“It would take centuries and he must grow and grow and grow, but he was in no hurry—he grokked that Eternity and the ever-beautifully-changing Now were identical.” Robert A. Heinlein, Stranger in a Strange Land
One of my forever-now-eternal books is in the genre of sci-fi, but in my mind stands as a spiritual love story with the Universe. Stranger in a Strange Land got birthed into the world in 1961b y Robert Heinlein. I was introduced to it while in college and what appealed to me was the ways in which it explored the nature of relationships with humans and the Divine.
The main character is Valentine Michael Smith (a.k.a. The Man From Mars) who was born of human parents whose exploratory mission to Mars, cost them their lives. He is then raised by Martians, which questions the concept of nature vs. nurture. His biological parents were scientific geniuses and his caretakers had the ability to utilize and teach him beyond-human abilities, including those we would consider psychic. The earthly adventure begins as Mike comes to this planet when another mission’s crew finds him.
He is sequestered away in a military hospital until the powers that be can figure out what to do with this “Martian Named Smith” which was one of the working titles for the book. Enter Gillian Boardman- a feisty nurse who is curious about this mystery patient and once she finds out who he is and the government’s intentions toward him, with the help of her friend and erstwhile suitor; savvy reporter, Ben Caxton, she secrets him out of the hospital. Thus begins a emotional/spiritual/sexual relationship between the two of them. Jubal Harshaw, a cantankerous lawyer-author-doctor becomes surrogate father and mentor to Mike.As the book progresses, it is clear that Mike is a Christ-like figure and those he draws into his life are willing disciples.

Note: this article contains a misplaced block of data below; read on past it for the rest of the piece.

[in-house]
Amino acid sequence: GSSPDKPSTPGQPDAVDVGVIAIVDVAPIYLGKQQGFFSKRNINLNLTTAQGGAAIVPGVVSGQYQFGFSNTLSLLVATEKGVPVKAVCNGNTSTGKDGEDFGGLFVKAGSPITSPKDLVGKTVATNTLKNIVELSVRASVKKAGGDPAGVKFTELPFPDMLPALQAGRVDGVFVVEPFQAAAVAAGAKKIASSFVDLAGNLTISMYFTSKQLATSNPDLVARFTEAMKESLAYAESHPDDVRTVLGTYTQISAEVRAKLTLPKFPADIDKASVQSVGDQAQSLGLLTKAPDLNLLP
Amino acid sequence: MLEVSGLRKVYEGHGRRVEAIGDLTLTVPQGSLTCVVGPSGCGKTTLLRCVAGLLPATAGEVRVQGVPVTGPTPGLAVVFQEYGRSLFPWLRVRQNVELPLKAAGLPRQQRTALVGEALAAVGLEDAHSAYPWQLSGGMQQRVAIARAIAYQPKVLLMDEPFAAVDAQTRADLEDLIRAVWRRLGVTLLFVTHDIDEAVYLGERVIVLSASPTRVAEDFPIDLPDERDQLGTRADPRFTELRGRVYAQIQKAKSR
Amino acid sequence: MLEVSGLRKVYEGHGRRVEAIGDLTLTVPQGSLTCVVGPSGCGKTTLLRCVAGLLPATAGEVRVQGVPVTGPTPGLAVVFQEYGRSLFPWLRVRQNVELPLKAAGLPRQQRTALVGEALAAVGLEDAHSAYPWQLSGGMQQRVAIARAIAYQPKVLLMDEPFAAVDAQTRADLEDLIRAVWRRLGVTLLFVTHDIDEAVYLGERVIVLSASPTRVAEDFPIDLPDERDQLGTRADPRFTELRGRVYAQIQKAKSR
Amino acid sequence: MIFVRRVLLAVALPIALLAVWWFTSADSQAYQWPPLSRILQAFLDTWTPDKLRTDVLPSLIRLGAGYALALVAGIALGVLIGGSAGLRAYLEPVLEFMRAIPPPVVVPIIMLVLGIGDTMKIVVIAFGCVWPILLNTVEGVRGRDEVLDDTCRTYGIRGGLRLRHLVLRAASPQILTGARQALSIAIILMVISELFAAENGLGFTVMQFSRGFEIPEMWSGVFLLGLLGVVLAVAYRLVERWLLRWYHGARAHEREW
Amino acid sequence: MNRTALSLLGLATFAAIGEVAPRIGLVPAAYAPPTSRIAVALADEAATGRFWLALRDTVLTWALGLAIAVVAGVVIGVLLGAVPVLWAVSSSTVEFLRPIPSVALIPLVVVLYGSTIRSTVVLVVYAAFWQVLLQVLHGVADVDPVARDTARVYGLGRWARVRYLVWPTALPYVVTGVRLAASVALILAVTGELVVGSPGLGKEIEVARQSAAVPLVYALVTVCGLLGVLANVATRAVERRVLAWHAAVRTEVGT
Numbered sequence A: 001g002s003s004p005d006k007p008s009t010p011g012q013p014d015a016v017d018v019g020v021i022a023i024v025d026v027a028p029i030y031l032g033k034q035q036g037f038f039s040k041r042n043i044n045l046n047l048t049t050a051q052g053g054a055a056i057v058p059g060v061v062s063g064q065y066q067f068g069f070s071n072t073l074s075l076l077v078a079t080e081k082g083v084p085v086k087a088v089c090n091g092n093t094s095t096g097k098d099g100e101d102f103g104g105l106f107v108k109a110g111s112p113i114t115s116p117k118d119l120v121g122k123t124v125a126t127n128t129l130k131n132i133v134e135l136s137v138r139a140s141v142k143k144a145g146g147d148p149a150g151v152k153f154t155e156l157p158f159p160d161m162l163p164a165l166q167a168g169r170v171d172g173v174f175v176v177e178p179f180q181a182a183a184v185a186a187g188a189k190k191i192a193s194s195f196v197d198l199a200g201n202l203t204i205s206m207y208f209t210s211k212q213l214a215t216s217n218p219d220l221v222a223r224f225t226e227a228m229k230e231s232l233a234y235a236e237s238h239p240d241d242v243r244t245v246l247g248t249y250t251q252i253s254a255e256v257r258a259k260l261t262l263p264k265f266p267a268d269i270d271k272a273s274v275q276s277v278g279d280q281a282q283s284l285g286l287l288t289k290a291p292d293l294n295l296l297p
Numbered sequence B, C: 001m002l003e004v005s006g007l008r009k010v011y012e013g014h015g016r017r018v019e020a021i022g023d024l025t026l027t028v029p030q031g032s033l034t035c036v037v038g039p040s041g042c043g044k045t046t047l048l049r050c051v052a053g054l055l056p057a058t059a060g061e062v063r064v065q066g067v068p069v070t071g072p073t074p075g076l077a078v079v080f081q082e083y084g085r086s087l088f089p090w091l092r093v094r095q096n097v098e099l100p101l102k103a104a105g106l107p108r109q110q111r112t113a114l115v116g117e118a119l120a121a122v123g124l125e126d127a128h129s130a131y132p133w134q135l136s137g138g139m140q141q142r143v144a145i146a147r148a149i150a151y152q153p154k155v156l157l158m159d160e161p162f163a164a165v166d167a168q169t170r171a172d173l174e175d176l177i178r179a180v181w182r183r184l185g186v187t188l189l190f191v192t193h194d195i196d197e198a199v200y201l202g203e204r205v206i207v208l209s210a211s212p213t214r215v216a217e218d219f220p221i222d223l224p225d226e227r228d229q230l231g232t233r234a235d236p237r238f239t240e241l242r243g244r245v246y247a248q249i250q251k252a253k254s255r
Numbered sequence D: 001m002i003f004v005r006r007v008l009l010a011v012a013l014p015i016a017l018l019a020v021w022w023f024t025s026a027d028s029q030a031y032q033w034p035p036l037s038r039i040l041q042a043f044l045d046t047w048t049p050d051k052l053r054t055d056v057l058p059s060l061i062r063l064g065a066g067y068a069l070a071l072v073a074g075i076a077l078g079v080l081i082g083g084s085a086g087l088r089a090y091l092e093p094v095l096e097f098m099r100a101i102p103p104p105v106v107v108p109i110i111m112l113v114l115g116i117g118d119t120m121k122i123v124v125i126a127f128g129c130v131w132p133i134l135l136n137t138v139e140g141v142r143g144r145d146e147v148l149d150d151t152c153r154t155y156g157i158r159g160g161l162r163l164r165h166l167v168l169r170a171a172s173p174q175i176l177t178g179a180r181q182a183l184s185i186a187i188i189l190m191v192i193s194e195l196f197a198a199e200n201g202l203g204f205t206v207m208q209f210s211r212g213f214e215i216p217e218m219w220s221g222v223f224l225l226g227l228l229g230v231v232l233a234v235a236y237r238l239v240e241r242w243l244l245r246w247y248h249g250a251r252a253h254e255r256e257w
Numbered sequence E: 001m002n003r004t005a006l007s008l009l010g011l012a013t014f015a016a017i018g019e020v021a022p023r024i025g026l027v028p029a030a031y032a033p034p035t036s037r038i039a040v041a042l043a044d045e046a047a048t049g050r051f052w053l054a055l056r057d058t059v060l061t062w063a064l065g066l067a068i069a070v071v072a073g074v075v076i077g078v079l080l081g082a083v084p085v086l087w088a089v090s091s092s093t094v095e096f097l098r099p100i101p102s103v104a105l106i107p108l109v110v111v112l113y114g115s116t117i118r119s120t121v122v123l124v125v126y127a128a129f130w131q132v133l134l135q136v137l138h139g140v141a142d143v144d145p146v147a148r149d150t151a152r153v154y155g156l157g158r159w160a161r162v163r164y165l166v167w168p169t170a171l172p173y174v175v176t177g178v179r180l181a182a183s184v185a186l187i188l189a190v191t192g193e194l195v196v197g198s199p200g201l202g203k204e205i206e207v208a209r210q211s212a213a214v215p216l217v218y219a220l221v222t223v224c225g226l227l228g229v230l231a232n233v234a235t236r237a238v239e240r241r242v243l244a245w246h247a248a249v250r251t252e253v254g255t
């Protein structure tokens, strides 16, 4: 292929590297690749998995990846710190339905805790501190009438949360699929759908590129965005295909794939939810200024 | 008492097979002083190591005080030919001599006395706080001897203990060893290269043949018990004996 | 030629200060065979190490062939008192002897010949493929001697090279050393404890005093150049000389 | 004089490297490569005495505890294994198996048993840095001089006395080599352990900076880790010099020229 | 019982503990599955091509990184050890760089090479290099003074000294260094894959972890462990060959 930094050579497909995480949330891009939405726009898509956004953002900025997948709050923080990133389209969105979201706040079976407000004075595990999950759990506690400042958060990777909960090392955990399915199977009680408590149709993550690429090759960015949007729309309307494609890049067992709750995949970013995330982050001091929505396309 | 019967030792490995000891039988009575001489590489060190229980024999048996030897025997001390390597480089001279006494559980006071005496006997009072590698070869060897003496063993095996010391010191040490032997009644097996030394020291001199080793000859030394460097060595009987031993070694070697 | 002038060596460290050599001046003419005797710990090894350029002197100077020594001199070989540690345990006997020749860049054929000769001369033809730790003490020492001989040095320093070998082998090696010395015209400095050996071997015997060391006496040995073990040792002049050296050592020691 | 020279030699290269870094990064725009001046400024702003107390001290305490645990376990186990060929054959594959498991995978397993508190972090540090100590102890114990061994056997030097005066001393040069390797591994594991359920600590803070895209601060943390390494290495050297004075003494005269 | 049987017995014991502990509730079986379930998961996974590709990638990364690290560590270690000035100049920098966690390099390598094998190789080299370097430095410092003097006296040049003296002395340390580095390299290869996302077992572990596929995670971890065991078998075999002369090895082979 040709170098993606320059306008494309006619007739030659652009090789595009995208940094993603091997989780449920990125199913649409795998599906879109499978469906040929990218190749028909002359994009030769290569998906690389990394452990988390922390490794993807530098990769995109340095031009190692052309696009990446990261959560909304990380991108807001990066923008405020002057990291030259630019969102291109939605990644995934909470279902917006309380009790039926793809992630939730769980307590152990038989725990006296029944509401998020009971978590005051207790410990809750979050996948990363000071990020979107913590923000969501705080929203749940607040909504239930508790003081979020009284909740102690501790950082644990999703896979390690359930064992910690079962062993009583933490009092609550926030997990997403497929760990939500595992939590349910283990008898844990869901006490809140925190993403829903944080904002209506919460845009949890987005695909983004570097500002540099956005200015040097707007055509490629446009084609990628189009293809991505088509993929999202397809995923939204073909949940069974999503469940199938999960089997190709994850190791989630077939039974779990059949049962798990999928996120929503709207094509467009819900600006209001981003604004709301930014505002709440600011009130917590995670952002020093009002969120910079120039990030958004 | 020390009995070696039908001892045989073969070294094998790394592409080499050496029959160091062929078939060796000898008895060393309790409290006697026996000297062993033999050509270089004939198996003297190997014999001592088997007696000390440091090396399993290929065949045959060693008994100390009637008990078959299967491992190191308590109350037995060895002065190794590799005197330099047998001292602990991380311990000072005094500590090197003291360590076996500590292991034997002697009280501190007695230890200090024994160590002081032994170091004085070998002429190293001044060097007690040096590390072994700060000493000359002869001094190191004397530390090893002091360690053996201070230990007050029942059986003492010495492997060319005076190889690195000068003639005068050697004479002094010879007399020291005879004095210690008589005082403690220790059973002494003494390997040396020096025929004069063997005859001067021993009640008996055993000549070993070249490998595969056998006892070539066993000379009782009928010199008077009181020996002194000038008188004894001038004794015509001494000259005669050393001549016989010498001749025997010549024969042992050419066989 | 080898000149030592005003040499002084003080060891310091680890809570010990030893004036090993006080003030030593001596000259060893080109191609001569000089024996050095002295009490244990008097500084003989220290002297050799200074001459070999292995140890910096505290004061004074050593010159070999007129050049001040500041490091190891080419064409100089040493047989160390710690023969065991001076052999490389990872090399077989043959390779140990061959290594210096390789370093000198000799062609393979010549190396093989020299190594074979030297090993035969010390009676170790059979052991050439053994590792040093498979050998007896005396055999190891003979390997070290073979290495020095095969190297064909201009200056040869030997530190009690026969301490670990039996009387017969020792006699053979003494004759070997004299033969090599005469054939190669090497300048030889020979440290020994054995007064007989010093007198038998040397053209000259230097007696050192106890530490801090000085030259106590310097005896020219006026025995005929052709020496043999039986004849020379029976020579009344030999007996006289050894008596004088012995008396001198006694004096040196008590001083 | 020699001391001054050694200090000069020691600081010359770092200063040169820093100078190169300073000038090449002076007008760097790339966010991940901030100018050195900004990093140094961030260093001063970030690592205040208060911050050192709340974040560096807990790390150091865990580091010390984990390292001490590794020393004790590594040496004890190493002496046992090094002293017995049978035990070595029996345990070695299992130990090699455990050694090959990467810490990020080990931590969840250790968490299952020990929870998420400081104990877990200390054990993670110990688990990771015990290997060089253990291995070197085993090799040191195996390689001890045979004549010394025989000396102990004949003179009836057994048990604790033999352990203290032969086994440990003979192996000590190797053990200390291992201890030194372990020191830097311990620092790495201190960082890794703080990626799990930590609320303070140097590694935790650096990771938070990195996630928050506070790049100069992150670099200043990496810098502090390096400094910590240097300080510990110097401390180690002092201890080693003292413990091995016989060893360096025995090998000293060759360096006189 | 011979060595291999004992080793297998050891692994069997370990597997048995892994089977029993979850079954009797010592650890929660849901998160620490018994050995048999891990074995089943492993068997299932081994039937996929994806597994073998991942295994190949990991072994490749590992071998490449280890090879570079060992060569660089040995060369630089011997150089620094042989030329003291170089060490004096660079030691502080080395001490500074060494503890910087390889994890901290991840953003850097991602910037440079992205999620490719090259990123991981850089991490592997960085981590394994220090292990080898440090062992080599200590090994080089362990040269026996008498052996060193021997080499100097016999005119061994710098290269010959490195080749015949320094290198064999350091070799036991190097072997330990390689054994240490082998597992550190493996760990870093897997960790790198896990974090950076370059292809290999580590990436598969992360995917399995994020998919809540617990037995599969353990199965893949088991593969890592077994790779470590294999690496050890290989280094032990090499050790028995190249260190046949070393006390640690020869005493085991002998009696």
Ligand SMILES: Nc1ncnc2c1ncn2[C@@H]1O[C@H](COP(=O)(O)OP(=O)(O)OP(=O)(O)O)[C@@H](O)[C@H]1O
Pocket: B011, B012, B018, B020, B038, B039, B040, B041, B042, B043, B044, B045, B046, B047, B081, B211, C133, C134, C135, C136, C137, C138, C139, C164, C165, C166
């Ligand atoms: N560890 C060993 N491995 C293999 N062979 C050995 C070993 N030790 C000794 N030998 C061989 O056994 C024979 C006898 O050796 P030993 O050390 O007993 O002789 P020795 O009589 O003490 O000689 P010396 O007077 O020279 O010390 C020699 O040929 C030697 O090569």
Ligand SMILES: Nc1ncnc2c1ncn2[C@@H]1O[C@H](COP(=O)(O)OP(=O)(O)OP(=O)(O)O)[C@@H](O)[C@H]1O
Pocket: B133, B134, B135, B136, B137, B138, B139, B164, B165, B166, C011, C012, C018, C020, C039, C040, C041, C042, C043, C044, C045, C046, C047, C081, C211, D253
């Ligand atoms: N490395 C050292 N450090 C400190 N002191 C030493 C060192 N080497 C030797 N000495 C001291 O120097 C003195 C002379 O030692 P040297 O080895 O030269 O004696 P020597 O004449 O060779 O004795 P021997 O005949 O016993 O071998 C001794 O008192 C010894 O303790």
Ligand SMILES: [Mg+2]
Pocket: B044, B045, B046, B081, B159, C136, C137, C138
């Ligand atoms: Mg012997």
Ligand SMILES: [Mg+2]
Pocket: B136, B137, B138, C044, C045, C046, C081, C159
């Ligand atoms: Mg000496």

The book was revolutionary for its time, since it challenged the prevailing religious and political institutions, explored polyamory and encouraged out of the box thinking. Some of my favorite concepts in the story are those that are part of my life to this day; including the saying “Thou Art God”-meaning that we are all aspects of the Divine, seeing those closest to me as ‘water brothers’, and the word ‘grok’ which Heinlein translates as ‘to drink’ as in to drink in and understand fully. It is becoming ONE with whatever it is you are experiencing that deeply. The quote that begins this article keeps me mindful that all that truly exists is this moment.